A Tacoma man described as “one of the largest illegal wildlife traffickers in Washington state history” was sentenced Friday to 30 days of community service and 60 days’ home detention for selling deer, elk and sturgeon in violation of state law.
Bona Bunphoath, 46, previously pleaded guilty to four counts of first-degree unlawful trafficking in fish and wildlife.
Bunphoath was arrested in 2012 after investigators with the state Department of Fish and Wildlife learned he was illegally dealing in wild game and set up a sting to catch him, court records show.
Fish and Wildlife detective Todd Vandivert, now retired, wrote a letter to the court in November detailing his investigation of Bunphoath.
Vandivert said he and his partner, over the course of 19 months, bought 10 whole elk carcasses and three deer from Bunphoath and sold him one deer. The going price for an elk was $600, with deer going for $200-$250, court records show.
“Additionally, Mr. Bunphoath sold or coordinated the sale of 11 sturgeon,” Vandivert said in his letter. “As you can guess, we were not Mr. Bunphoath’s only customers, and as a matter of fact, he several times told us he had many customers for his illegal fish and wildlife and had no problem selling animals to others.”
Investigators believe many of the animals were harvested out of season by people in the Yakima area and sold to Bunphoath, who then resold them.
“I assure the court Mr. Bunphoath was fully aware of just how illegal the sale of deer and elk is in Washington,” Vandivert said. “I think it goes without saying that Mr. Bunphoath is one of the largest illegal wildlife traffickers in Washington state history (if not the single largest), and his activities have had a tremendous adverse impact to the wildlife populations of our state.”
Vandivert asked for the “most severe penalties possible.”
Bunphoath faced prison time under the original nine counts with which he was charged. But Pierce County prosecutors and defense attorney Michael Schwartz engineered a plea deal in which Bunphoath avoided a harsher sentence by agreeing to cooperate with authorities in their investigation of others.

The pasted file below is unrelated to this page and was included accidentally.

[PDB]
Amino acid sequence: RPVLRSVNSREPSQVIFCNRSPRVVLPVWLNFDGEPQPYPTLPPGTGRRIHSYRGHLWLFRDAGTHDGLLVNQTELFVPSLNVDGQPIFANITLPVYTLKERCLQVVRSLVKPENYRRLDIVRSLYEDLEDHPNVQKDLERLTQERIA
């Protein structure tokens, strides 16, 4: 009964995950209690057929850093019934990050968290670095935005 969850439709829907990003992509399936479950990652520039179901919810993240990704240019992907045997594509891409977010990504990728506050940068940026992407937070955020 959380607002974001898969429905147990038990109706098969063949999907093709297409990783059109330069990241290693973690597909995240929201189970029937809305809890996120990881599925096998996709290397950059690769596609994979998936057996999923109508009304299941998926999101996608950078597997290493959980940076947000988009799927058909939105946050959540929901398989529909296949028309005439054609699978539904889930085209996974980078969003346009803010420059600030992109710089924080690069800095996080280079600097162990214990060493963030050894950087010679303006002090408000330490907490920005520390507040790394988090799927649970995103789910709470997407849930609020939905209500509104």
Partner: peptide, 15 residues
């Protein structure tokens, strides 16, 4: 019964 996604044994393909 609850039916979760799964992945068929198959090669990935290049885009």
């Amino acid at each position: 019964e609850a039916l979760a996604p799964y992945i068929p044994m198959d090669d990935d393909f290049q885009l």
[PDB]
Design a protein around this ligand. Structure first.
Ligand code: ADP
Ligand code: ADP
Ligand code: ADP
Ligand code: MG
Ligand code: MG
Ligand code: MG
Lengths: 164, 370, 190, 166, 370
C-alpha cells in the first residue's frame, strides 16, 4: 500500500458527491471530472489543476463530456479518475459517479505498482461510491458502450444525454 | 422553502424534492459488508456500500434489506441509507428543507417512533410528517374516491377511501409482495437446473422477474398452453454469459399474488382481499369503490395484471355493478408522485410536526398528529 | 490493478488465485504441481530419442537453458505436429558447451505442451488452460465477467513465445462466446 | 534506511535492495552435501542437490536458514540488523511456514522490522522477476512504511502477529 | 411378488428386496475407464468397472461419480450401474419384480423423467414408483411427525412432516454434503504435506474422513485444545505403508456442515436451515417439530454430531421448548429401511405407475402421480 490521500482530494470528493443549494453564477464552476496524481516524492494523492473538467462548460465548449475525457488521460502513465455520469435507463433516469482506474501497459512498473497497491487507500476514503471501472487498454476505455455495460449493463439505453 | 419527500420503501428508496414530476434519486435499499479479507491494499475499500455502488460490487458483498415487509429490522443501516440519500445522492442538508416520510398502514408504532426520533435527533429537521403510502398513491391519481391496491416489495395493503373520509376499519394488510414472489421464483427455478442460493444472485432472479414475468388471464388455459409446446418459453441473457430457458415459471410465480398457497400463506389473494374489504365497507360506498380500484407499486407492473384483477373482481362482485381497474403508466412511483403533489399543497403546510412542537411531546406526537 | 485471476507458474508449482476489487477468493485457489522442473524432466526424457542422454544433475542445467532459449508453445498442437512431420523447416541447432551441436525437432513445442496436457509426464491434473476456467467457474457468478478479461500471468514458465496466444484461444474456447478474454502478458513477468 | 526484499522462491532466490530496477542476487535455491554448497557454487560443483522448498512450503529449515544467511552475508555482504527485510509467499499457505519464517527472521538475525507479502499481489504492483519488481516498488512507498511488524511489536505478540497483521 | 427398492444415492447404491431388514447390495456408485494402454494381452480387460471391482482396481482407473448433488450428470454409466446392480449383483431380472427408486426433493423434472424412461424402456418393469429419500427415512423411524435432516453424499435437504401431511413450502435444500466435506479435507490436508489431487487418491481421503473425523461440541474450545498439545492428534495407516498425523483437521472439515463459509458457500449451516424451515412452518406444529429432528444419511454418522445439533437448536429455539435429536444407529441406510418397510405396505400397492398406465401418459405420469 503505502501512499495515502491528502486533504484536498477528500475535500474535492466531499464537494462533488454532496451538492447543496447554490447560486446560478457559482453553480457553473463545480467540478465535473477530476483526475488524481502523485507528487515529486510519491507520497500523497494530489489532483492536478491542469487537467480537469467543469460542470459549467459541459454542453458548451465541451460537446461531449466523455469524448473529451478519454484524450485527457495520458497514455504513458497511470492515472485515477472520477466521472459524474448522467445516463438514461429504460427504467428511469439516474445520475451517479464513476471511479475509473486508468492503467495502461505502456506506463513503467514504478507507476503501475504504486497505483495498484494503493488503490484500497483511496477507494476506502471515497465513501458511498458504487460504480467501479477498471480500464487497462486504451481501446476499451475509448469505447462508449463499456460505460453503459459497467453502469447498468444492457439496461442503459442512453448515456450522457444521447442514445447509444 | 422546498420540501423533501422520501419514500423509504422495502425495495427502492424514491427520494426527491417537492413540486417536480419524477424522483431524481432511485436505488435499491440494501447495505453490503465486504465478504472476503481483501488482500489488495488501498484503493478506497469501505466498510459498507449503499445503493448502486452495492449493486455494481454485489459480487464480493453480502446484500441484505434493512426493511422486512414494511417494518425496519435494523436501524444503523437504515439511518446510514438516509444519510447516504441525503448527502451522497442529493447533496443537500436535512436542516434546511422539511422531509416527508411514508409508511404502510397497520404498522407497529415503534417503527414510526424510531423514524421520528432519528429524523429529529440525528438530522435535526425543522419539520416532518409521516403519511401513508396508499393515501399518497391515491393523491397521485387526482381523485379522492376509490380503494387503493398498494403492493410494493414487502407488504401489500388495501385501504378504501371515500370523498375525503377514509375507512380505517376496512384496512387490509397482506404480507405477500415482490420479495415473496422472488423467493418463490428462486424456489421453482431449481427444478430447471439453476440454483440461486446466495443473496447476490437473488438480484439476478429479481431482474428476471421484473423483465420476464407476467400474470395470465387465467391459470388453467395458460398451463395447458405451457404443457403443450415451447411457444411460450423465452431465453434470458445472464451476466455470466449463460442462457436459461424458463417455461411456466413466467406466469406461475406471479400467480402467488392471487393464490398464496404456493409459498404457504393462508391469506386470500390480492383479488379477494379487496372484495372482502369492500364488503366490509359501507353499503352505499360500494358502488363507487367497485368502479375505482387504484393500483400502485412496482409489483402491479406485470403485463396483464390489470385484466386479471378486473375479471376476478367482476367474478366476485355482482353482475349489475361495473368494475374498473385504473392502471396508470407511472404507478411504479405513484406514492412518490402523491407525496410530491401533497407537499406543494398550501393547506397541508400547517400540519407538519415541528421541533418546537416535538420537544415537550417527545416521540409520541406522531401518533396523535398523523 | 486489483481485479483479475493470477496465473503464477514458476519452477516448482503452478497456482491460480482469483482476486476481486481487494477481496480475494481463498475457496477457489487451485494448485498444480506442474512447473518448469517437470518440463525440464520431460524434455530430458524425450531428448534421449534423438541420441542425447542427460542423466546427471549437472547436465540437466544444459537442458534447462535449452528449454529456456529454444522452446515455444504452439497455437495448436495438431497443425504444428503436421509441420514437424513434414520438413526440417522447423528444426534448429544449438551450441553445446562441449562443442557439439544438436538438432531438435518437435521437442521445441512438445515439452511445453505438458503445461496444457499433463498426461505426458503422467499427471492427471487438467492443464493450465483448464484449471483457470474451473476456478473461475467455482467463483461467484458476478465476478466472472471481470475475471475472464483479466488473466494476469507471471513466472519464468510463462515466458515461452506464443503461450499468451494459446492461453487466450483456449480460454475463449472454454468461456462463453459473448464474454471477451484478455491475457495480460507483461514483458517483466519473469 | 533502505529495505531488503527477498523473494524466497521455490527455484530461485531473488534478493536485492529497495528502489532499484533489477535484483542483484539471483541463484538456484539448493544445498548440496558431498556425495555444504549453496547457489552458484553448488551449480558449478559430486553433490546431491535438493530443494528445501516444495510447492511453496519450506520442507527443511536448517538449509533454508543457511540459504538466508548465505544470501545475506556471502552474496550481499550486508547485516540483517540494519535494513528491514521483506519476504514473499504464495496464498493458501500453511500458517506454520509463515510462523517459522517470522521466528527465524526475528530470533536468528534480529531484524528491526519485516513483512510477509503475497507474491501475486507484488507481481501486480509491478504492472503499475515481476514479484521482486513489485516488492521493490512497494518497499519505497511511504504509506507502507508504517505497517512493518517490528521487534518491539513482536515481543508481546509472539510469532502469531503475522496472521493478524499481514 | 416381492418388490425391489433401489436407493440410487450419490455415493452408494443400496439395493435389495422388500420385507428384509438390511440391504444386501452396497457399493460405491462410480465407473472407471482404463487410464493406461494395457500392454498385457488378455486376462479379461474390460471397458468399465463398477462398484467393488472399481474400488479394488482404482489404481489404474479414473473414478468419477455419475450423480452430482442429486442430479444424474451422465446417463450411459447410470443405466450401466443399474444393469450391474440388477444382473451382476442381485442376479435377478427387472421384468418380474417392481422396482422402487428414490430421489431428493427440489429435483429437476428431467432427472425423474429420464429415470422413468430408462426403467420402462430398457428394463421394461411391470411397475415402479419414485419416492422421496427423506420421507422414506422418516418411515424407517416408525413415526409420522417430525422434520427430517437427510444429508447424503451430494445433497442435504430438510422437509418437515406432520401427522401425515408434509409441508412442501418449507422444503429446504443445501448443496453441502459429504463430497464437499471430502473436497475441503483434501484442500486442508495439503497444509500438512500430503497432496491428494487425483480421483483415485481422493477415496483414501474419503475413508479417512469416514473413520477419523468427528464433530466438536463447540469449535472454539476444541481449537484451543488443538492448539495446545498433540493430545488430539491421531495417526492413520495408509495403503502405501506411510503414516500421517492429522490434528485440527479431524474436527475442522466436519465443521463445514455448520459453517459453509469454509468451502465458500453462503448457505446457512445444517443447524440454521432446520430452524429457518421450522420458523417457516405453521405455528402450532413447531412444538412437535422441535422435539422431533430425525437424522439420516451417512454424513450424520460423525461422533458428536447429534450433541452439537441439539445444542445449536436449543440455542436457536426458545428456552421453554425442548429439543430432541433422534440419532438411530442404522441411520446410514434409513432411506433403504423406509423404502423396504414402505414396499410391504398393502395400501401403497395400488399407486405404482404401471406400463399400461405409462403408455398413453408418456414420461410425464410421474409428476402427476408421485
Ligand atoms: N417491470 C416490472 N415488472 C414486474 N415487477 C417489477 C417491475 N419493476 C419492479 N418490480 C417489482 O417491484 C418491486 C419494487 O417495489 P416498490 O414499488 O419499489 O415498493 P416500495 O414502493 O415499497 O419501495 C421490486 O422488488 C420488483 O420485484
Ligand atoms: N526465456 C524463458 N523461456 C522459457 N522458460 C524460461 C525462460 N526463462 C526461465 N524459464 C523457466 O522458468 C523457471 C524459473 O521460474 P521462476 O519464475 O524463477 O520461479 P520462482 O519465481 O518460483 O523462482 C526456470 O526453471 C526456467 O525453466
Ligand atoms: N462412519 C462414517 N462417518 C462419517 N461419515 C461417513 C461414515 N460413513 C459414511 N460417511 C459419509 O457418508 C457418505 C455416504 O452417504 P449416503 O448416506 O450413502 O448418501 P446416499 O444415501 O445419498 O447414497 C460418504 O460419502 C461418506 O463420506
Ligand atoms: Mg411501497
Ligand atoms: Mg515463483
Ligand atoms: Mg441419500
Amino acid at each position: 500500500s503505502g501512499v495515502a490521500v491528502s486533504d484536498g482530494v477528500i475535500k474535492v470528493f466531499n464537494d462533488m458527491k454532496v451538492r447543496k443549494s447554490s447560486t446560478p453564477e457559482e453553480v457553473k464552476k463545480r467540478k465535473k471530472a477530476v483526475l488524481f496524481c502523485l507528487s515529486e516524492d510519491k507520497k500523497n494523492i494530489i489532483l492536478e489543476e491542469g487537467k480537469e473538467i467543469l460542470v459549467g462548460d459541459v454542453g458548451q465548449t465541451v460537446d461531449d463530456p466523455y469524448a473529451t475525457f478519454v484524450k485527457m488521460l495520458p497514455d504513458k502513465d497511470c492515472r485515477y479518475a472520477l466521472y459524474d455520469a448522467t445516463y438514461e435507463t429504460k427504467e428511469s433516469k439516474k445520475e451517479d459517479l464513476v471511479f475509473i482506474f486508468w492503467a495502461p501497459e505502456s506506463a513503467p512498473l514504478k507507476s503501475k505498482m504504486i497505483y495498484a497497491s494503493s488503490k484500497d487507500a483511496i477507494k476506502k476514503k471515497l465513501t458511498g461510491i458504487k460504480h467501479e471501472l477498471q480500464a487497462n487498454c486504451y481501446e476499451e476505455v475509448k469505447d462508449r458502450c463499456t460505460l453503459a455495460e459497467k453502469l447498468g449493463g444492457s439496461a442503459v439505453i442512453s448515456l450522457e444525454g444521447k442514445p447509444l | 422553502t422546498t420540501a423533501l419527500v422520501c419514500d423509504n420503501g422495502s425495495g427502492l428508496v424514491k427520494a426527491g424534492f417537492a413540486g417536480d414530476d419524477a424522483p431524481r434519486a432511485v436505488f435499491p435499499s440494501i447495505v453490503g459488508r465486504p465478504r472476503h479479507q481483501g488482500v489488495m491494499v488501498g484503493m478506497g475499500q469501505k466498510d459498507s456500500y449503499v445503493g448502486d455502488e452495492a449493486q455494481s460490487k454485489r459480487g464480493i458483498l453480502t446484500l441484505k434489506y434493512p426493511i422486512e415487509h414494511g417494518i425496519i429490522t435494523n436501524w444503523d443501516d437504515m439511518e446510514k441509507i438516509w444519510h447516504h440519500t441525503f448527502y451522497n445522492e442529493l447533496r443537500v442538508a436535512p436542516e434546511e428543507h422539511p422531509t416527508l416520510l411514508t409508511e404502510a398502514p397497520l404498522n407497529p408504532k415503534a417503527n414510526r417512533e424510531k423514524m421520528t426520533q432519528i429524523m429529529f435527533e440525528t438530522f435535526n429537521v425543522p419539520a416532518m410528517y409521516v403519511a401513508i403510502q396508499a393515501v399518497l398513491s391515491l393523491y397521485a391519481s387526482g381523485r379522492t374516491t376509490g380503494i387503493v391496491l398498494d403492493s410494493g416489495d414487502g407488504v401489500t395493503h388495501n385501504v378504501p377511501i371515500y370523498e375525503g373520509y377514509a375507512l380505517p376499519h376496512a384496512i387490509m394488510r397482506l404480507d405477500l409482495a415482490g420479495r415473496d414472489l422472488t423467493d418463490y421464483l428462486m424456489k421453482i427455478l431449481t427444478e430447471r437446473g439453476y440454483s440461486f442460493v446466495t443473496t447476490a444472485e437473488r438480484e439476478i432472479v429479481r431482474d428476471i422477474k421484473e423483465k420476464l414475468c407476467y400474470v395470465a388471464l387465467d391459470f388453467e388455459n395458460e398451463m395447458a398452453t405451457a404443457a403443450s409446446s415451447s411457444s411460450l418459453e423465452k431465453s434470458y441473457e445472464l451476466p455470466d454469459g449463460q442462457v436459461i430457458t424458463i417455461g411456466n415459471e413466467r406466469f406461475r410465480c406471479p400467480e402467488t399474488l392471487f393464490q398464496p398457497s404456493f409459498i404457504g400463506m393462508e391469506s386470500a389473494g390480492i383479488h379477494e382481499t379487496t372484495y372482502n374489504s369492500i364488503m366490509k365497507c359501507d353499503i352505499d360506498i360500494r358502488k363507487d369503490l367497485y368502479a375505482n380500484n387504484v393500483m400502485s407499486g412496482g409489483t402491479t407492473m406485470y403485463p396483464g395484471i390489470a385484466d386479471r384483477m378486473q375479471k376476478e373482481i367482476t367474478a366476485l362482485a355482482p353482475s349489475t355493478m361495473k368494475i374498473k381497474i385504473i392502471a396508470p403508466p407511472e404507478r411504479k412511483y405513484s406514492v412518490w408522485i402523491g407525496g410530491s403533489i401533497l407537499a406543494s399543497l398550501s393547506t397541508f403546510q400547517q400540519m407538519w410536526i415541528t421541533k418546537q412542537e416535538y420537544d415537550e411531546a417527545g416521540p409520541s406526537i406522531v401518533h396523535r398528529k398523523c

Schwartz on Friday made a motion to seal that plea agreement, arguing that his client’s safety could be jeopardized if details of his deal with prosecutors were made public. Deputy prosecutor Patrick Hammond did not object.
The News Tribune did object, and Superior Court Judge Elizabeth Martin declined to seal the document, instead blacking out portions she deemed sensitive, including the names of those people Bunphoath identified as suppliers.
Hammond then recommended a sentence of nine months in jail for Bunphoath, calling his crimes “pretty substantial.” The standard range was nine to 12 months in jail.
Schwartz argued for first-time offender status for his client, arguing that Bunphoath had no previous felony record, was married and was employed. Granting first-time offender status would allow Martin to sentence Bunphoath to below the standard range.
Schwartz said his client, a native Cambodian who immigrated to the United States and is now a naturalized citizen, did not know what he was doing was wrong. It is not uncommon in Cambodian culture for families to feed themselves or others with wild game, Schwartz said.
He asked for 30 days in jail converted to 240 hours of community service.
“I’m sorry, but I didn’t know any better,” Bunphoath then told Martin.
The judge, citing Bunphoath’s “spirit of cooperation” in working with authorities and “the cultural issue at play,” agreed to sentence Bunphoath as a first-time offender but gave him 90 days instead of 30.
She converted 30 days to community service but ruled Bunphoath could serve the remaining 60 days on electronic home monitoring.
Adam Lynn: 253-597-8644